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PR- 209-11
June 14, 2011


As the City’s Central Adjudication Agency, the Office of Administrative Trials and Hearings Will Improve Efficiency and Service to the Public While Enhancing Judicial Independence and Professionalism

Mayor Michael R. Bloomberg and Deputy Mayor for Legal Affairs Carol Robles-Román today announced that the Office of Administrative Trials and Hearings (OATH) will have increased oversight of hearings on tickets issued to restaurant owners, taxi drivers and many other small businesses in the City. Executive Order 148, signed by the Mayor, will transfer the management of the administrative tribunals of the Department of Health and Mental Hygiene and of the Taxi and Limousine Commission (TLC) to OATH beginning on July 3, 2011. Over 150,000 cases a year will be affected.  OATH’s management means it will be easier for business owners and other members of the public to fight tickets; more hearings will be offered online or by telephone; more hearings will be held at local offices outside Manhattan; and more information will be available to help a party who wants to challenge a violation.  OATH is independent of the agencies that write tickets and is dedicated to enhancing the professionalism of the City’s administrative judiciary.  OATH’s oversight of these cases will also ensure that they move quickly and that enforcement of City rules is effective.

“Our Office of Administrative Trials and Hearings has a proven record of streamlining and improving access to the administrative justice system,” said Mayor Bloomberg. “Through innovation and reform, they have transformed the City’s largest administrative tribunal into one that is more efficient and customer-focused, and our smaller tribunals will now benefit from that experience.”

“For many New Yorkers, challenging a ticket at a City tribunal is the most direct experience they will have with our legal system, and having an independent, fair and efficient administrative court is crucial to providing New Yorkers with justice,” said Deputy Mayor Robles-Román.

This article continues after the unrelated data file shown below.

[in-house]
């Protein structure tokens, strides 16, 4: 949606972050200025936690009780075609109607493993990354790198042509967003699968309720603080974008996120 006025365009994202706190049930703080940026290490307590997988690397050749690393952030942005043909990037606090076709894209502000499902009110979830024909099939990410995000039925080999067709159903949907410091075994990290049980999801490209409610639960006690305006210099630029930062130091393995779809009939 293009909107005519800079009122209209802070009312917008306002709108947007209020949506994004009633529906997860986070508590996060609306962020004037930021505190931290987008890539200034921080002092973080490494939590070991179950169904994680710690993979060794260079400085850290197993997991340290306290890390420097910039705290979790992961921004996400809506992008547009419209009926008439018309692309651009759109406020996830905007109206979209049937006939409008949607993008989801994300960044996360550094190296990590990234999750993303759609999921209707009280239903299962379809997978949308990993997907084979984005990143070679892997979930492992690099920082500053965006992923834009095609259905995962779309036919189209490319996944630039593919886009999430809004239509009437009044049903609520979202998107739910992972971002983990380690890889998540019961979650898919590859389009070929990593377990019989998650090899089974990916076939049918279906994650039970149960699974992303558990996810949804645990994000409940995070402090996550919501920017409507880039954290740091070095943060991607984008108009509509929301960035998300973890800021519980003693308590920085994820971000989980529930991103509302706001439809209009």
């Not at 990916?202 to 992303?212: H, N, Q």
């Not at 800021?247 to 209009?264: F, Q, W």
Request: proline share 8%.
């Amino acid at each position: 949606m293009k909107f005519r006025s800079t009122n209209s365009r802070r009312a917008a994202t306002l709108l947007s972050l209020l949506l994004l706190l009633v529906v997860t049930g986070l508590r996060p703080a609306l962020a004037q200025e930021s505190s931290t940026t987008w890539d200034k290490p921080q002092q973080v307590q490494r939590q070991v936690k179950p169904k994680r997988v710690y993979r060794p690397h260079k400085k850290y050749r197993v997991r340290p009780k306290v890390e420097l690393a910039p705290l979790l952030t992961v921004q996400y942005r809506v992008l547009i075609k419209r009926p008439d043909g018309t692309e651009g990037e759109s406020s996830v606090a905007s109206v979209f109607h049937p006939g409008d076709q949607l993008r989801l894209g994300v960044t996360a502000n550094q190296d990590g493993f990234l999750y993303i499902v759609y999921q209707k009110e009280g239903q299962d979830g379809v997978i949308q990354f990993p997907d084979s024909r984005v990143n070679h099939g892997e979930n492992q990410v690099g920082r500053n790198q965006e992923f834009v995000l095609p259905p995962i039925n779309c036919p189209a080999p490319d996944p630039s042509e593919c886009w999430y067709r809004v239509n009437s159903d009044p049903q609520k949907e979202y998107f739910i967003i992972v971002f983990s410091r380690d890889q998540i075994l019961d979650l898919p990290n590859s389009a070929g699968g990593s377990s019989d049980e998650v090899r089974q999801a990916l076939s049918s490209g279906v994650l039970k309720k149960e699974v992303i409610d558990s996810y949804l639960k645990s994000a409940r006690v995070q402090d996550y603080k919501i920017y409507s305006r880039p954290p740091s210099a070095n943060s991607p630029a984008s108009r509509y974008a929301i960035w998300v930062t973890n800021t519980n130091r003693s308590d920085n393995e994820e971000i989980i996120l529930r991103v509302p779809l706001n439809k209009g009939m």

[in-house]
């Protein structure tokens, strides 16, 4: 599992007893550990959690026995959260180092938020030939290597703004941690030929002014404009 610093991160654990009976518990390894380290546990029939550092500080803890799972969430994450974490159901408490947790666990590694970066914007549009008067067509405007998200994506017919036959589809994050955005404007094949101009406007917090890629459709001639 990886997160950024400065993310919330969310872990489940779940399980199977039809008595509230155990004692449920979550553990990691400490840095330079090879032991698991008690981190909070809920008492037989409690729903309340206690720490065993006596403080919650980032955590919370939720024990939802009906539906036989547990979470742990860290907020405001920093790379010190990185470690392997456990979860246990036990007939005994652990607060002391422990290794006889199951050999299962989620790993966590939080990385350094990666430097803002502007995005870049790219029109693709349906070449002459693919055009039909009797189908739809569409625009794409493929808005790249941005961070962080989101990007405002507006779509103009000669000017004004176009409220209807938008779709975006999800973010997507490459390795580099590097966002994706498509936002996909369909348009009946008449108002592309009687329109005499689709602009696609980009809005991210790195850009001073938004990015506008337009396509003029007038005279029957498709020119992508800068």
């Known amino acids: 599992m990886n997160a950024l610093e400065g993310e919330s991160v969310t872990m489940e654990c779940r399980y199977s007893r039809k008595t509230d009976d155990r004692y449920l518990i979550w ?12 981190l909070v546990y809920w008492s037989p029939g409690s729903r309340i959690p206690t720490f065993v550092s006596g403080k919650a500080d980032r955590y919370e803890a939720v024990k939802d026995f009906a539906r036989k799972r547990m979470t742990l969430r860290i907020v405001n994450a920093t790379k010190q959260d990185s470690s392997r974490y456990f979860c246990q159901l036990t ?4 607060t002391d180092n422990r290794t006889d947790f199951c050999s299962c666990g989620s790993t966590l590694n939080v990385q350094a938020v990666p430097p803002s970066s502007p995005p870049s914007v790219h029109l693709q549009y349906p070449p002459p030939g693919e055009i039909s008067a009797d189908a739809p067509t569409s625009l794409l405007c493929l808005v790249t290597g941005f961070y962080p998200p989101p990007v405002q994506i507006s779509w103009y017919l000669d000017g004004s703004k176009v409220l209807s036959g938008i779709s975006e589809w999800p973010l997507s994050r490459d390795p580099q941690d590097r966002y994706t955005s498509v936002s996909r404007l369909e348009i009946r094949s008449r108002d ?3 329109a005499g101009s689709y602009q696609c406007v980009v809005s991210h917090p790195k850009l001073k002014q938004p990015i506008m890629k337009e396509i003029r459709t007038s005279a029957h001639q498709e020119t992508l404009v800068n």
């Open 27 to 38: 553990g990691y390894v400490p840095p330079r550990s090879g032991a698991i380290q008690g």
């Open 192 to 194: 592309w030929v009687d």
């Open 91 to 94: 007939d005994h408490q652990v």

OATH’s specialization in tribunal administration will enable it to effectively allocate necessary resources and training to make the hearing process easier and more efficient.  In 2008, the Mayor signed legislation that transferred the administrative tribunal at the Department of Environmental Protection, the Environmental Control Board, to OATH.  Under OATH’s management, the Environmental Control Board eliminated a backlog of 7,000 cases, shortened the wait time for judicial decisions from 96 days to less than 30, and has made the hearing process easier by providing online hearings and appeals.

“I am proud of the work we perform at OATH and I am committed to maintaining the high level of services that this agency provides, including conducting efficient and fair hearings,” said Chief Administrative Law Judge Suzanne Beddoe.  “I look forward to the opportunity to share OATH’s judicial expertise, professionalism and emphasis on customer satisfaction with the New Yorkers who interact with these two tribunals.”

“OATH has demonstrated it can ensure people have a meaningful opportunity to present their cases while being given the information and resources they need and the convenience and courtesy they deserve,” said Administrative Justice Coordinator David B. Goldin.  “This is a real step forward for justice in our City.” 

In November 2010, voters approved an amendment to the City Charter that authorized the Mayor to transfer administrative tribunals to OATH. The Charter Revision Commission proposed the amendment so that the City could take greater advantage of OATH’s independence, professionalism and expertise in tribunal administration. The amendment also called for the Mayor to appoint a committee to study the City’s tribunals and recommend which ones should be consolidated. Last week, the Mayor’s Committee on Consolidation of Administrative Tribunals, chaired by Deputy Mayor Robles-Román, recommended the consolidations of these two tribunals.  The Committee’s recommendations are contained in a public report available at

The Department of Health tribunal has been responsible for hearing cases on tickets issued by the department. Last year, the tribunal handled about 60,000 cases, the majority of them restaurant violations. All hearings are now held in Manhattan, but consolidation with OATH will eventually allow hearings to be held in all five boroughs. The administrative tribunal at the Taxi and Limousine Commission has been responsible for hearing cases on violations of the City's rules and regulations for taxi drivers and medallion owners.  Last year, the tribunal conducted hearings for approximately 110,000 cases. The tribunal’s locations will remain the same until additional hearing offices are added.  As recommended by the Mayor’s Committee, the executive order also requires that certain types of cases originating with the Department of Housing Preservation and Development or with the Business Integrity Commission be heard by OATH.


Stu Loeser / Evelyn Erskine   (212) 788-2958

Marisa Senigo (OATH)   (212) 361-4263


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